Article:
18 April 2015

Last night, I was seated on one of the three person bench seats facing the aisle at the front of the bus. As usual, I had my nose buried in my Kindle, engrossed in a story I was reading. A man got on and bulldozed his way to the back of the bus with mutters of, “Excuse me. Excuse me. Trying to get through here.” There was a distinct odor of cigarette smoke and sherry.

There was a space between me and another passenger. I heard, “Excuse me, man. I want to sit next to my friend here.” He then forced his way into the space. “Dennis, I was sitting at the back and I thought to myself, I know that guy. If you weren’t wearing your glasses, I probably wouldn’t have recognized you. Your hair is longer. How are you doing, man? I haven’t seen you for what — four, five months? I missed you, man.”

“Hi Jake, I missed you too. Let’s grab that empty seat across the way. I was wandering around at noon today looking for some of my friends. I saw, Chuck, Magdalene, Adam and a young Inuit woman I hadn’t met before, Rhea. I heard from Ghyslain that the cops had shut down the area near the bridge and that some of you are meeting near the bank.”

“Yeah, they said anyone they find there will be going straight to jail. That’s crazy.  I’m still panning at my regular spot near the bridge. Shit, I’ve been there twelve years. Nobody’s going to tell me I can’t be there. It’s my spot.”

I asked, “So, what did you do through the winter. It was really cold.”

“I spent most of it in hospital with pneumonia. This is the fourth year in a row that I’ve had pneumonia. I hate hospitals.

“I saw a few of the regulars today, Jacques, my buddy, Bearded Bruce — we got this movie thing going — Mariah, Raven. Raven is Raven, she never shuts up. They’re all doing fine. I saw Jake once this year — I mean Big Jake, not me, that would be stupid — but Joy never leaves home. We’re a dying breed, you know. (The average life expectancy of a person experiencing homelessness in Canada is 39 years (Trypuc & Robinson, 2009). http://ow.ly/LQpDb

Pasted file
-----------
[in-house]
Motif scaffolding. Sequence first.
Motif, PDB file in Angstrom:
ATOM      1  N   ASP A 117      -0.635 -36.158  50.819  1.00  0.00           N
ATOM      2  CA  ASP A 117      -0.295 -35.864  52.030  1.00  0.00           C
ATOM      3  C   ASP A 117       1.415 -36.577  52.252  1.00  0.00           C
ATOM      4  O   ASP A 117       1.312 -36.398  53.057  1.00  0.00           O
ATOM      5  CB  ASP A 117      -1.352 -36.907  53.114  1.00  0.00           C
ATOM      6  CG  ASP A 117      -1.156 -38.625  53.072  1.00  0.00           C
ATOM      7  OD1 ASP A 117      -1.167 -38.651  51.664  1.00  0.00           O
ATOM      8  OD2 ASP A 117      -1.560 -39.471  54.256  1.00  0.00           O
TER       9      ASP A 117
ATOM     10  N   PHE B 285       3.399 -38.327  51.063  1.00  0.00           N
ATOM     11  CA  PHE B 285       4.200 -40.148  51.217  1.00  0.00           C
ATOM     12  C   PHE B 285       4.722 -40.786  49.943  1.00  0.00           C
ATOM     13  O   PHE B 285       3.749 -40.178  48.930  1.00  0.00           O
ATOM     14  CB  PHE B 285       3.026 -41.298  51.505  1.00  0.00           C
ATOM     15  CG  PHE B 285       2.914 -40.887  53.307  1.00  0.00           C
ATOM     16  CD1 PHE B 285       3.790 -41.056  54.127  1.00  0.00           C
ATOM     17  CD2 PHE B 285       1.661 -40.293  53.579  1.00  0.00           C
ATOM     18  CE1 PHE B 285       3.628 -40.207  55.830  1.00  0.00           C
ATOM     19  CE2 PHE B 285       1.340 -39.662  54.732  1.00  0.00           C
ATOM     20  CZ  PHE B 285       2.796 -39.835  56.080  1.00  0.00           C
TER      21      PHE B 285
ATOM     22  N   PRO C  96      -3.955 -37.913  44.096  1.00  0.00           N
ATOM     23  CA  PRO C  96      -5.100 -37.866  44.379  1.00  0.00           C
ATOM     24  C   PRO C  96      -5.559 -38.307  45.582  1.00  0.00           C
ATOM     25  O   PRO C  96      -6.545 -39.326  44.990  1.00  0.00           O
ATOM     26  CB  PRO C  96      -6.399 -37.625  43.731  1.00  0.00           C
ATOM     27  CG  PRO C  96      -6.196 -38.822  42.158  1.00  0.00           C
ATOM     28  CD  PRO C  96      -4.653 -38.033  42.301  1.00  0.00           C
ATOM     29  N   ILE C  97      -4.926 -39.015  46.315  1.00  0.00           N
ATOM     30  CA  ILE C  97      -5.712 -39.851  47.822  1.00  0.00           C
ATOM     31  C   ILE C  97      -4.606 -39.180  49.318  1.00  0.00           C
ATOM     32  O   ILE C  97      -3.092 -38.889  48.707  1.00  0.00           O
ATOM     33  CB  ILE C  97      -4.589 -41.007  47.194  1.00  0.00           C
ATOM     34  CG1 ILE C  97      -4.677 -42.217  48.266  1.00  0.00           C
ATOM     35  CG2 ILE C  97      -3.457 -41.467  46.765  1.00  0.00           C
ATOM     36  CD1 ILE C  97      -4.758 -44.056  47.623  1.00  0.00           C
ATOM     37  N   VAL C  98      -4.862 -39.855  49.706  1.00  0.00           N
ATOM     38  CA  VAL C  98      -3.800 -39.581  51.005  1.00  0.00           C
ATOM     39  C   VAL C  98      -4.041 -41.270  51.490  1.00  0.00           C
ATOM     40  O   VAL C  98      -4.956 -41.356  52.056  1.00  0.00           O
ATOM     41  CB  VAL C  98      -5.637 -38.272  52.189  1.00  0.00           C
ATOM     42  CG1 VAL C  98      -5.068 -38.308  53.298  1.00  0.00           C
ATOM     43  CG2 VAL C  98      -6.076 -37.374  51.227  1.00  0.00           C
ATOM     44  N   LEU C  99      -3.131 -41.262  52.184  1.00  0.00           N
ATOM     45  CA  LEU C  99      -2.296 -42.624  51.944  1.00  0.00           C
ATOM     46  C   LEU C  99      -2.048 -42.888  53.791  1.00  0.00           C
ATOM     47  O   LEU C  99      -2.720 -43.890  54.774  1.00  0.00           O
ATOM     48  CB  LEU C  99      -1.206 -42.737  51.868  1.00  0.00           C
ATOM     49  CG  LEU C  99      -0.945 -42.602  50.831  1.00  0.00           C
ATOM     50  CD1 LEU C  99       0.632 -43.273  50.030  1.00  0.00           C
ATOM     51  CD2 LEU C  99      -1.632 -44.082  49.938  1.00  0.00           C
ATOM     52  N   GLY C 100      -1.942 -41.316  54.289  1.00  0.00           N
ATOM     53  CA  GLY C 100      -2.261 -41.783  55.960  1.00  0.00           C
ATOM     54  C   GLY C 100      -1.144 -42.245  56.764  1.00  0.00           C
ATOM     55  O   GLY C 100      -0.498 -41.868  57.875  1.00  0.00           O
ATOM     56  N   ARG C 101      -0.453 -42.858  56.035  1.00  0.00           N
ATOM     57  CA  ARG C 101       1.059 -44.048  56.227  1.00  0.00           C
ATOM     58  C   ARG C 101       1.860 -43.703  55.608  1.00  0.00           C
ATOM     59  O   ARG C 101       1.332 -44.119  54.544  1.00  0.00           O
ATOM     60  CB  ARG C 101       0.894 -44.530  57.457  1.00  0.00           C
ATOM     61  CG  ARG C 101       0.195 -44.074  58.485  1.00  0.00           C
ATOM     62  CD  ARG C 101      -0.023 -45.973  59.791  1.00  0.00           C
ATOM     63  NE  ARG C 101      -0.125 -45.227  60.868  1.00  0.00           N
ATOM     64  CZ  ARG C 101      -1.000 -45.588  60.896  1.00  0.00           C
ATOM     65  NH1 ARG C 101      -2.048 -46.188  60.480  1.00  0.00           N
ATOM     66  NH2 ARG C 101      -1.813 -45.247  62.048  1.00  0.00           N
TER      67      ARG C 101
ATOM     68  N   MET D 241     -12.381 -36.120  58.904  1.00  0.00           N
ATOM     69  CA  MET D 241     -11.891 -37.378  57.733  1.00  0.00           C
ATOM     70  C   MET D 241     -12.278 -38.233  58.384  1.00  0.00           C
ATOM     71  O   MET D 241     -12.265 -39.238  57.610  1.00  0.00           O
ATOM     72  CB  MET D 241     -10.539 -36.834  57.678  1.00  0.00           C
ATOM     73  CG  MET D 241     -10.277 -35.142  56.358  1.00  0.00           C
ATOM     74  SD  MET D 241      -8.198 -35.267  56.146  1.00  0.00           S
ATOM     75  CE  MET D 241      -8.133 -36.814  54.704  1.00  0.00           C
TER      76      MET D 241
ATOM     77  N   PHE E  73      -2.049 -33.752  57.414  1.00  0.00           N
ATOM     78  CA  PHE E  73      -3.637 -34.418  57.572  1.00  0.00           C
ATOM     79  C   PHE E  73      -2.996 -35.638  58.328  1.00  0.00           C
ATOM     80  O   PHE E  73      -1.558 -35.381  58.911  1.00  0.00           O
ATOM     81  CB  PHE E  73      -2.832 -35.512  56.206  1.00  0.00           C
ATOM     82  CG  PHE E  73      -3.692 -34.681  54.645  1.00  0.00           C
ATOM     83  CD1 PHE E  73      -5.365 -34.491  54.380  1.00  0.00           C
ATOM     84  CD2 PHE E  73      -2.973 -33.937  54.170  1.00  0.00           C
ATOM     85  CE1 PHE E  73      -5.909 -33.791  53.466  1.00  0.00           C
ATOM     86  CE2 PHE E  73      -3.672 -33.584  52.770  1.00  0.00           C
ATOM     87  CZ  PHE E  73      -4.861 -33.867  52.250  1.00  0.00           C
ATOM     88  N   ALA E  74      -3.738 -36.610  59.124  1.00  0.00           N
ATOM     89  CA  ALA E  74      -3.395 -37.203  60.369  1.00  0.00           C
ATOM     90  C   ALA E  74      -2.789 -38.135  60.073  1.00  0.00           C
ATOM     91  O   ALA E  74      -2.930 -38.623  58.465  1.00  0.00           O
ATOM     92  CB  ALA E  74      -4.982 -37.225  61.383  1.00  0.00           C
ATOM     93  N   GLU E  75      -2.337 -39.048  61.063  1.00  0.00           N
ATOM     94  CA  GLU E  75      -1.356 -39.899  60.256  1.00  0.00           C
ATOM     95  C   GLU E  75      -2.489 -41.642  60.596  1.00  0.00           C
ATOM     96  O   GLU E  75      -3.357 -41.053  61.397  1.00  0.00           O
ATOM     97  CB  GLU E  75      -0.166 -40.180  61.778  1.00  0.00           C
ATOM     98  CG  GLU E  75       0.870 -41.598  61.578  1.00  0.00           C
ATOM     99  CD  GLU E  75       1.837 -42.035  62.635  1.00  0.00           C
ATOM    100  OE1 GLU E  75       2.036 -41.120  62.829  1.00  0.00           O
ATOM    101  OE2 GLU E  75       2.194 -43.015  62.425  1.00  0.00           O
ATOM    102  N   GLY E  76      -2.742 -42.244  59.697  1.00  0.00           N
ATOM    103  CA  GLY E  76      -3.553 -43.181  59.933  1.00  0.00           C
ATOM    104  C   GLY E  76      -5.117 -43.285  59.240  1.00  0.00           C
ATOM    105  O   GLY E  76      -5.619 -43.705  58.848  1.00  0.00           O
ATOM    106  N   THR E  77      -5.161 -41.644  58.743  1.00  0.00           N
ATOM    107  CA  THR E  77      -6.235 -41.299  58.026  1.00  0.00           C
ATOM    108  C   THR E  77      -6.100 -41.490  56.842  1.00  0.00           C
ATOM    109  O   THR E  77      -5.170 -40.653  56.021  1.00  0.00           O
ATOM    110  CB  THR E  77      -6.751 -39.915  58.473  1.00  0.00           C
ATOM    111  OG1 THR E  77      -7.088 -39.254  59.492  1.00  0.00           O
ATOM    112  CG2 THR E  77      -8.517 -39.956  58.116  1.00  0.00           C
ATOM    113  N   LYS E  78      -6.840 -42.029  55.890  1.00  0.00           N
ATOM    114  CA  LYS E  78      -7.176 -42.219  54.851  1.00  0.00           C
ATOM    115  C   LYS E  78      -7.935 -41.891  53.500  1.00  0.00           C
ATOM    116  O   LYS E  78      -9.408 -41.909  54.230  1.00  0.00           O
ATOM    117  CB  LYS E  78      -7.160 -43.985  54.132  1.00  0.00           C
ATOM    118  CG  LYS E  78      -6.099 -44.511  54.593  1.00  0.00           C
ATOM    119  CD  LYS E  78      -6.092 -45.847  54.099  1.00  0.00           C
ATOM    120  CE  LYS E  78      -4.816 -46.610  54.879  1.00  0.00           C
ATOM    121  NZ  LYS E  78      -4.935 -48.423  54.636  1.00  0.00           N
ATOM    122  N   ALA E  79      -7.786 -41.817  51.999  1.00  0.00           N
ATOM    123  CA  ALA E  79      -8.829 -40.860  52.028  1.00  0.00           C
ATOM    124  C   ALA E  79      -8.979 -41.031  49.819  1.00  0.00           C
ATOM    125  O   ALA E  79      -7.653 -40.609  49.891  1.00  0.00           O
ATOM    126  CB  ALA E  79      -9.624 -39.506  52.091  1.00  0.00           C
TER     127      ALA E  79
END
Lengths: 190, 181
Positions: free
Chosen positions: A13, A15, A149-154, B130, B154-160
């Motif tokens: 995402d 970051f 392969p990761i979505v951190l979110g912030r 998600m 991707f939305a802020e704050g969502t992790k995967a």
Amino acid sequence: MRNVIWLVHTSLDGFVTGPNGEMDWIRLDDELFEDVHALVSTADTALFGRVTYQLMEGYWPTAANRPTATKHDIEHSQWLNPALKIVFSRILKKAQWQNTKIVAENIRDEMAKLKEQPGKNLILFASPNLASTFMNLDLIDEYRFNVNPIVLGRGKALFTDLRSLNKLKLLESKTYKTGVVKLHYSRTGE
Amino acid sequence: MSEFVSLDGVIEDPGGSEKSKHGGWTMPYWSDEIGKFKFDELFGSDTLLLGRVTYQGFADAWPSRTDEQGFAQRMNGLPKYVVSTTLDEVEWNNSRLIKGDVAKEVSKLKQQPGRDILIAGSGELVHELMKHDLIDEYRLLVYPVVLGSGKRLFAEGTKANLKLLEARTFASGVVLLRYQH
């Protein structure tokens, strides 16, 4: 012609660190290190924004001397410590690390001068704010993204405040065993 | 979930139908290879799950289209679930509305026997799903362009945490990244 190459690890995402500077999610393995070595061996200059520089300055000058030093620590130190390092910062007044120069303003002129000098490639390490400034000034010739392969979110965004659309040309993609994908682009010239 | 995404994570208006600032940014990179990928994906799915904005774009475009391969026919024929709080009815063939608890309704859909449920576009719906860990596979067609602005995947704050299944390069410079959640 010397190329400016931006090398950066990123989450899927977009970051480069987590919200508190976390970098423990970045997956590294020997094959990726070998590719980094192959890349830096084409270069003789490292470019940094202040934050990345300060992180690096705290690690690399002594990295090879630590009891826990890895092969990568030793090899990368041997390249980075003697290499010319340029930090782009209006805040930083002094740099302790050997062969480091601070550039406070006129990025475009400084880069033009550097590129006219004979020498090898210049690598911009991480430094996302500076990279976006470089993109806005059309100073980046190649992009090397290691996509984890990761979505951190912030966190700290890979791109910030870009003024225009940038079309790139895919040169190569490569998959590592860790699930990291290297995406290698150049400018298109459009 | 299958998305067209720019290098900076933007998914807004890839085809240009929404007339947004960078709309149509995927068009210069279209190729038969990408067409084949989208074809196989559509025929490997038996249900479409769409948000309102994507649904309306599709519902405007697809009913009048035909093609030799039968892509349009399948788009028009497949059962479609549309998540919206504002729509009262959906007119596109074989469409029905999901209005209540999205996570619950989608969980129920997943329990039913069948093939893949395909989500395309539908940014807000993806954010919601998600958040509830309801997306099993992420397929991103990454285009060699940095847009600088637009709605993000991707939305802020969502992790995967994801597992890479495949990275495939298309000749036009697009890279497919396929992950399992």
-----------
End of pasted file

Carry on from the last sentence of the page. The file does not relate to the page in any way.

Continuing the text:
“I nearly dropped my bottle.”

I said, “I see you’re still drinking your ‘Jakenators’ (sherry mixed with beer).

“Yeah, still the same. You’re not drinking, are you?”

“I have the odd beer or glass of wine, but I try to keep it under control.

“Big Jake will be going to hospital for a hip replacement. Did he mention anything about that.”

“No, he and I aren’t exactly on speaking terms. I try to avoid him when I can.”

I asked, “Have you seen André?”

“I never know how much I should say. I mostly just keep to myself.

Hey, this is my stop coming up. Driver, I want to get off here! See you, Dennis.”

“See you, Jake.”


  1. beechdey says:

    Reblogged this on Beechdey’s Weblog.


  2. worzelodd says:

    Ride the bus every day, lotta humanity there.


  3. I enjoy reading your work. Did you hear on the news where a homeless man living on the streets for I don’t know how long.Years ago had some bank accounts and such. Forgot all about it or something. Bank or someone tracked him down.Talk about one those interesting things about life. He will be set up a good while. Getting a apartment and other needs. May not be right on with all the details. But good news.


  4. oldcocker says:

    Dennis. You and your friends are too much!


Leave a Reply

Fill in your details below or click an icon to log in:

WordPress.com Logo

You are commenting using your WordPress.com account. Log Out /  Change )

Google photo

You are commenting using your Google account. Log Out /  Change )

Twitter picture

You are commenting using your Twitter account. Log Out /  Change )

Facebook photo

You are commenting using your Facebook account. Log Out /  Change )

Connecting to %s

This site uses Akismet to reduce spam. Learn how your comment data is processed.